My Chili: A Spicy Hot-Button Issue

I have been making chili for nearly 20 years now, starting with a simple recipe I’d seen in the 800+-page Better Homes and Gardens New Cookbook. It started off innocently: diced onions and peppers, garlic, canned tomatoes, spices, and some ground beef or turkey.

I’ve since experimented with the spices recommended in that initial recipe, and I’ve also switched up the beans (from kidney to pinto or black beans) and added corn and fresh cilantro. But one modification I made ended up being a point of contention between me and an old boyfriend.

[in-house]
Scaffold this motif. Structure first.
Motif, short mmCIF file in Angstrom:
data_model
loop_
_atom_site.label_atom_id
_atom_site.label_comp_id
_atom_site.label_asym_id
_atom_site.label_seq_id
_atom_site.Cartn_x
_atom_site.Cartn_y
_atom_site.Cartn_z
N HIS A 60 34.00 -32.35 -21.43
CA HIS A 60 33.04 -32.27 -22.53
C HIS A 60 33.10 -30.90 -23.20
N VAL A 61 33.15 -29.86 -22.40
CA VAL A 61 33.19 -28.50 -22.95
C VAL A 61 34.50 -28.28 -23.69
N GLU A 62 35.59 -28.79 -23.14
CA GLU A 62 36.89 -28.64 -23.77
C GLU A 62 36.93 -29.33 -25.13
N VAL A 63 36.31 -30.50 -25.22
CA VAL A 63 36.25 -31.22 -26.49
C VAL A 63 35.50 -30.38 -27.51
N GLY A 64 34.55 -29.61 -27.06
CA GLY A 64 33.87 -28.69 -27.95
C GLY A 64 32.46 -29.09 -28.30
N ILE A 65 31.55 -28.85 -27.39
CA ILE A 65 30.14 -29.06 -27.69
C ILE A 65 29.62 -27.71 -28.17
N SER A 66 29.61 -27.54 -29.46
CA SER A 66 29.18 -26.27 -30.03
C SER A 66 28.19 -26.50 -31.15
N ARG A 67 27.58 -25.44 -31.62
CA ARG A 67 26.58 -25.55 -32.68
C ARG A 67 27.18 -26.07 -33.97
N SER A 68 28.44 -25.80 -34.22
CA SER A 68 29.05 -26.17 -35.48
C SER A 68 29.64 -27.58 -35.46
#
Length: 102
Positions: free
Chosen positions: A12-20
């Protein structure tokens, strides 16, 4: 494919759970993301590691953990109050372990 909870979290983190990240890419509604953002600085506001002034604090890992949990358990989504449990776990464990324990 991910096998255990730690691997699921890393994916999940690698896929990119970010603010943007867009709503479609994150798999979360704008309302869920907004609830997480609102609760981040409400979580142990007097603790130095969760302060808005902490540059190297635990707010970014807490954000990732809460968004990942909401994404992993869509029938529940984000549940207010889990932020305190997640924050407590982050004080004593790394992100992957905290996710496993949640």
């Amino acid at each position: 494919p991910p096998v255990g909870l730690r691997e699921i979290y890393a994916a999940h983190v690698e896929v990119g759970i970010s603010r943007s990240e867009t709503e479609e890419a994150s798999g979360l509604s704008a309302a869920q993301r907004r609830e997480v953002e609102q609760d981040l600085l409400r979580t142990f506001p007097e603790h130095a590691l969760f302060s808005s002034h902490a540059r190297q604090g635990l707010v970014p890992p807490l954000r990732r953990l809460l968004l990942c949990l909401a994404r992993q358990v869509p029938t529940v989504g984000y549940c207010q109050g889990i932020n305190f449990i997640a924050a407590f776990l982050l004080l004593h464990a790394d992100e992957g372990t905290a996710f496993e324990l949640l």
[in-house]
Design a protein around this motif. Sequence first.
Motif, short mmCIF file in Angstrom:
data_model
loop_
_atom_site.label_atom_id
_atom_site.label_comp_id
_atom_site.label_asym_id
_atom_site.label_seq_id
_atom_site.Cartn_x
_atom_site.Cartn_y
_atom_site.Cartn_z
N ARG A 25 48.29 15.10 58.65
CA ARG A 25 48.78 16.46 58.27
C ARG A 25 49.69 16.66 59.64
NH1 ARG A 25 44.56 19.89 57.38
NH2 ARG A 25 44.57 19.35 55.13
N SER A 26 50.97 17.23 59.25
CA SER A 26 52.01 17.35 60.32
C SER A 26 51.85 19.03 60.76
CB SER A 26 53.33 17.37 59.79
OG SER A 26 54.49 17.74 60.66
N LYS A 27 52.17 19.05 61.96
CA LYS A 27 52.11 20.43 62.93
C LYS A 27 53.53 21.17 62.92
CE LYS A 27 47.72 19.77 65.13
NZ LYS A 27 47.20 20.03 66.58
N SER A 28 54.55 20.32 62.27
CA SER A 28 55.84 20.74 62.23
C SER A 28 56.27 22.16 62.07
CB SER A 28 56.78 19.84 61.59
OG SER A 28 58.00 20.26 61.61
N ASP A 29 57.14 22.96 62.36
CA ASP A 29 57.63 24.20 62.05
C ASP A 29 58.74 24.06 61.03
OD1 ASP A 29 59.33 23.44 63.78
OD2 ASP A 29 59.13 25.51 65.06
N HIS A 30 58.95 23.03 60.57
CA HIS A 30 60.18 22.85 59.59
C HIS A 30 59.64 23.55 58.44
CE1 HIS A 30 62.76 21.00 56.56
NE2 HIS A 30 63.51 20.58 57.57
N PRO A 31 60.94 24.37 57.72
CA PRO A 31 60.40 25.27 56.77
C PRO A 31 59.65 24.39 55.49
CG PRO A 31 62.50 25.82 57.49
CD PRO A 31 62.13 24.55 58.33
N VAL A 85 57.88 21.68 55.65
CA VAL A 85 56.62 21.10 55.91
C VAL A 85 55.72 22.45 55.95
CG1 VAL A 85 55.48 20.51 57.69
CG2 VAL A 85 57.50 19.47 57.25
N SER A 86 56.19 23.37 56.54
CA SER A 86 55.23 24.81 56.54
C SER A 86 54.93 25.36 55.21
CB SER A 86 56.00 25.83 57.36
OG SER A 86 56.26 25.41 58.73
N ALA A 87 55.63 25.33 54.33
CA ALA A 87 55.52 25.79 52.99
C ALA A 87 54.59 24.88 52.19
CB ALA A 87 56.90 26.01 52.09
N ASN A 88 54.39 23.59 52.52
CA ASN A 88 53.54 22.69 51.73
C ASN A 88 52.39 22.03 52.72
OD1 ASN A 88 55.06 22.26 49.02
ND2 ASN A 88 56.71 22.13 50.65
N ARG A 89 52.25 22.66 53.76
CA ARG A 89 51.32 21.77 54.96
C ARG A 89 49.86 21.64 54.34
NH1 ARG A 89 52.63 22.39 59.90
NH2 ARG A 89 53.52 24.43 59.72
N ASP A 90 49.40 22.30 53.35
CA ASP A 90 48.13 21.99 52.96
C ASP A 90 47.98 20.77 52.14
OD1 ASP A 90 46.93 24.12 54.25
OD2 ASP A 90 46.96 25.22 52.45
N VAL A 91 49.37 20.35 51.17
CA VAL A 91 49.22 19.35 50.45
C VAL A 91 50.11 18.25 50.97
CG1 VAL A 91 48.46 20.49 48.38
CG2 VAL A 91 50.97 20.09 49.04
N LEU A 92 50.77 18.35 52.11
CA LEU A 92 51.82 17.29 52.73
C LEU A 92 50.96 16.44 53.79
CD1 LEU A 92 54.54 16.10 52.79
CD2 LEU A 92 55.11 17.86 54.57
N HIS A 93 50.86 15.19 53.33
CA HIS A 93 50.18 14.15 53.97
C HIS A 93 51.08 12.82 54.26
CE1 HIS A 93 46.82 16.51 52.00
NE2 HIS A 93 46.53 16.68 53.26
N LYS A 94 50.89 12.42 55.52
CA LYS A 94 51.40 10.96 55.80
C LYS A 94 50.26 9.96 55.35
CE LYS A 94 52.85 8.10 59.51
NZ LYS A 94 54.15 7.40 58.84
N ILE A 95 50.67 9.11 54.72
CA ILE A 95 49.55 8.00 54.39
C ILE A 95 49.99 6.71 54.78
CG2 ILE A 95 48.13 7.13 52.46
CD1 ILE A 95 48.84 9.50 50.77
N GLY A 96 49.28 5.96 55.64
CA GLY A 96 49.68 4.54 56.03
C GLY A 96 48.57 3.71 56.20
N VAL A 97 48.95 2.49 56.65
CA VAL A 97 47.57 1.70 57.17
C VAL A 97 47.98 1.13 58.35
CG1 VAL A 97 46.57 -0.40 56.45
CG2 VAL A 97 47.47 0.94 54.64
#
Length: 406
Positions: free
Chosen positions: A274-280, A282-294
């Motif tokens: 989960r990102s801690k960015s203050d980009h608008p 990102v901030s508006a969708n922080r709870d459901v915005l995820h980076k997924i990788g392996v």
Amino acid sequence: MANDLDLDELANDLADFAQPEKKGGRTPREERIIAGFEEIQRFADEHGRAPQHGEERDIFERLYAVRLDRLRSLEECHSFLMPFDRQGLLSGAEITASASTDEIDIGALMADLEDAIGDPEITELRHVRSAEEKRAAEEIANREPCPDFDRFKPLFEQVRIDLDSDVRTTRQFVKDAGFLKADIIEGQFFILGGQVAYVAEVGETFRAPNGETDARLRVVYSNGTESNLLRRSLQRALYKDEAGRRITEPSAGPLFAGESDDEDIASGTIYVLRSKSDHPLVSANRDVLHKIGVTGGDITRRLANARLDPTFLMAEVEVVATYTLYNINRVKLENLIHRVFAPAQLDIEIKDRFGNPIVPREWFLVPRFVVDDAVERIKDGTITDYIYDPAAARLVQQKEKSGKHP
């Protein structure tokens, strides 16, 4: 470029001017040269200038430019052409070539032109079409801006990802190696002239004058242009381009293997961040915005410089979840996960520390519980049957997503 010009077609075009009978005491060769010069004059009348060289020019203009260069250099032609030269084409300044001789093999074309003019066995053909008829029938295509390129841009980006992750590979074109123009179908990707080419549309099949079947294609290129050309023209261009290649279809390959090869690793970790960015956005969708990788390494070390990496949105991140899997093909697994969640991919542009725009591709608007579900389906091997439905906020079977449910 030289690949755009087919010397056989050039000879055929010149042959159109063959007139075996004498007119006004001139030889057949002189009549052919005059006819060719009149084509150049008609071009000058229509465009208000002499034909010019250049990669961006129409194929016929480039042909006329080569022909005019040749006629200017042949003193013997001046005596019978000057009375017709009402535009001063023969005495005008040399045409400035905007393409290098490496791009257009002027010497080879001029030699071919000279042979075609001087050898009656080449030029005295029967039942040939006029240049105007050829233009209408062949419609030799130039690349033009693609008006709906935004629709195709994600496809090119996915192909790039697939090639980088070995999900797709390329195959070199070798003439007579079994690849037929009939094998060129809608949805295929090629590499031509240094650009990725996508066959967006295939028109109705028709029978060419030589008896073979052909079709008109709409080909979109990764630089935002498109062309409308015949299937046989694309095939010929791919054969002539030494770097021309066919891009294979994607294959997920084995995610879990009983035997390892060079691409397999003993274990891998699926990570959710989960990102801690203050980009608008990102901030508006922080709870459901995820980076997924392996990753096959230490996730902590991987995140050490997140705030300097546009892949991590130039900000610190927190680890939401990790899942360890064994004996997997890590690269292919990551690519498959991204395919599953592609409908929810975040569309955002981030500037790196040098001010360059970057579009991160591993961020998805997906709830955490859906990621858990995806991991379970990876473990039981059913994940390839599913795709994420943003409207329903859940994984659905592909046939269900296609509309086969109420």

That was leaving out the meat. I had a quasi-vegetarian stage immediately after college, eating many vegetarian meals a week, without committing to that diet in full every day. So it made sense to me to modify the chili recipe, as the beans in the recipe were already providing protein. So I made a batch of chili, brimming with a supporting cast of vegetables and a blend of seasoning that was spicy and bold, but not hot to the point where you no longer tasted the flavor.

I mentioned to my boyfriend at the time that I had made vegetarian chili, and he was not amused. He basically wanted to know “where’s the beef?” like the original Wendy’s commercial. I made my disappointment known that he wouldn’t try something different. But I kept making the chili the way I wanted to; we just agreed to disagree.